What does a drug addict look like? Unkempt, homeless and whacked out of his or her mind? This indeed is the profile of some addicts—and the one that that readily come to mind when we think of an addict. But what about handsome, physically fit, adored and rich? For some reason, we forget that this can also be the face of addiction, which is why we are fascinated and constantly surprised when another celebrity makes headlines. How could this happen to him? Doesn't he have it all? But that's the thing about addiction: It doesn't discriminate or stereotype. People from every ethnicity, socioeconomic background, and intelligence level can (and do) become hooked. There is no typical profile—addiction touches all.
Latest famous case in point: Zac Efron. Despite his outwardly enamored life, the 26-year-old was secretly struggling with an addiction to cocaine—and quite possibly oxycodone and the new "it" drug Molly. When fans and critics found out that the young celebrity slipped into rehab earlier this year under their noses, the news not only turned heads but smudged his squeaky-clean persona.
Perhaps, America could have seen it coming. Efron is not the only Disney kid who has battled with addiction over the years. He adds to a lineup of young celebrities—including Brittany Spears, Miley Cyrus, Demi Lovato, and Lindsay Lohan—who have turned to drugs to help cope with the rise and fall of fame, strained relationships, depression, and being pigeonholed by the entertainment industry.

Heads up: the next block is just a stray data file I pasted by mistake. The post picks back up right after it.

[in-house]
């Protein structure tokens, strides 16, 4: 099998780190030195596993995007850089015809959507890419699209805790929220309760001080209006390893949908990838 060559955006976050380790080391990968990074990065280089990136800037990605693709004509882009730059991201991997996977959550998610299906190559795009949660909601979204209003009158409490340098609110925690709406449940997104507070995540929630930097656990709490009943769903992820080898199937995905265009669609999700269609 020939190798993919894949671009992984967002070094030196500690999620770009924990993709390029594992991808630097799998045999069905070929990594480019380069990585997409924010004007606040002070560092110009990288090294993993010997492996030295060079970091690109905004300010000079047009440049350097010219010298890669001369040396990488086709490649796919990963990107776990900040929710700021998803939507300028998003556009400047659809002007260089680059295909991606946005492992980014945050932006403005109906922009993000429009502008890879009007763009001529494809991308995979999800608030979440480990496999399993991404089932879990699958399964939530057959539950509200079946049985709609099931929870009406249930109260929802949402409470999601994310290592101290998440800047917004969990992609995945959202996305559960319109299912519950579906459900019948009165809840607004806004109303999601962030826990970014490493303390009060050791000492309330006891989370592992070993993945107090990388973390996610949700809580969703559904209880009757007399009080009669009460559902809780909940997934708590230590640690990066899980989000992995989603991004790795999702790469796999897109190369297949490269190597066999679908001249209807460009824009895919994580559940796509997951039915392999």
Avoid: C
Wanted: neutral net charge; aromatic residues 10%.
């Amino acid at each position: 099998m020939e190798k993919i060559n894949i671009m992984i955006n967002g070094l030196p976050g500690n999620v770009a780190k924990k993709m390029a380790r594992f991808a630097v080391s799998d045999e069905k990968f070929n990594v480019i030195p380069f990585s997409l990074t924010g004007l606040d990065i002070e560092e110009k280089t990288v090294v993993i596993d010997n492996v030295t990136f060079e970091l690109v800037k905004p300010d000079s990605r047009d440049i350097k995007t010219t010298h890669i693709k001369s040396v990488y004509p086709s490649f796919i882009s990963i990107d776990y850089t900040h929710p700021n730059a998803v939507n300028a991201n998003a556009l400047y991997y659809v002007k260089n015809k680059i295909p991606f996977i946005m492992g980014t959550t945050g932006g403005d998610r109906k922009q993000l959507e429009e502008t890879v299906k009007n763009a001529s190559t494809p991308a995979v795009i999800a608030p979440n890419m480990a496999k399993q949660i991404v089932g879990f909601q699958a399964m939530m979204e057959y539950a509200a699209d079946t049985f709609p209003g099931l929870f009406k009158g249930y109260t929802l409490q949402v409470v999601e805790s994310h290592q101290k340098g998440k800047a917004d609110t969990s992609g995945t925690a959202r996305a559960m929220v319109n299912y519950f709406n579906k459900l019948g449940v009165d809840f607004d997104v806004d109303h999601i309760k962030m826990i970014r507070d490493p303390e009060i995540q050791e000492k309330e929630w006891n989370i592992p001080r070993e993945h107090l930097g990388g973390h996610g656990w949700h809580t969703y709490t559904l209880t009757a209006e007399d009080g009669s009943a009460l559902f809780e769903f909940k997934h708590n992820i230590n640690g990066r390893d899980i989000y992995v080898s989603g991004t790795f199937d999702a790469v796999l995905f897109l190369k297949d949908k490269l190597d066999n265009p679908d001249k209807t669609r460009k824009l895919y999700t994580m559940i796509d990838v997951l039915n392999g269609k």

As with many up-and-coming young stars, fame and fortune have their price. They do not always mend a broken heart, strip away depression, or obliterate self-loathing. Sadly, for Cory Monteith, help did not come soon enough. Monteith was found dead this year after overdosing on heroin and alcohol. His struggle with drugs was long and hard-fought despite television success. And the Glee cast is constantly reminded of this, which may be what spurred Lea Michele, Monteith's ex-girlfriend and former co-star of Efron's, to reach out recently and offer support to Efron.
With more celebrity addictions coming to light (and as more stars celebrate their sobriety), the once black-and-white spectrum that defined drug users as being of a certain ethnicity, socioeconomic background, and intellect, or looking a particular way, is becoming increasingly gray. Drug addiction can strike anyone—no one is immune—even those who seem it have it all.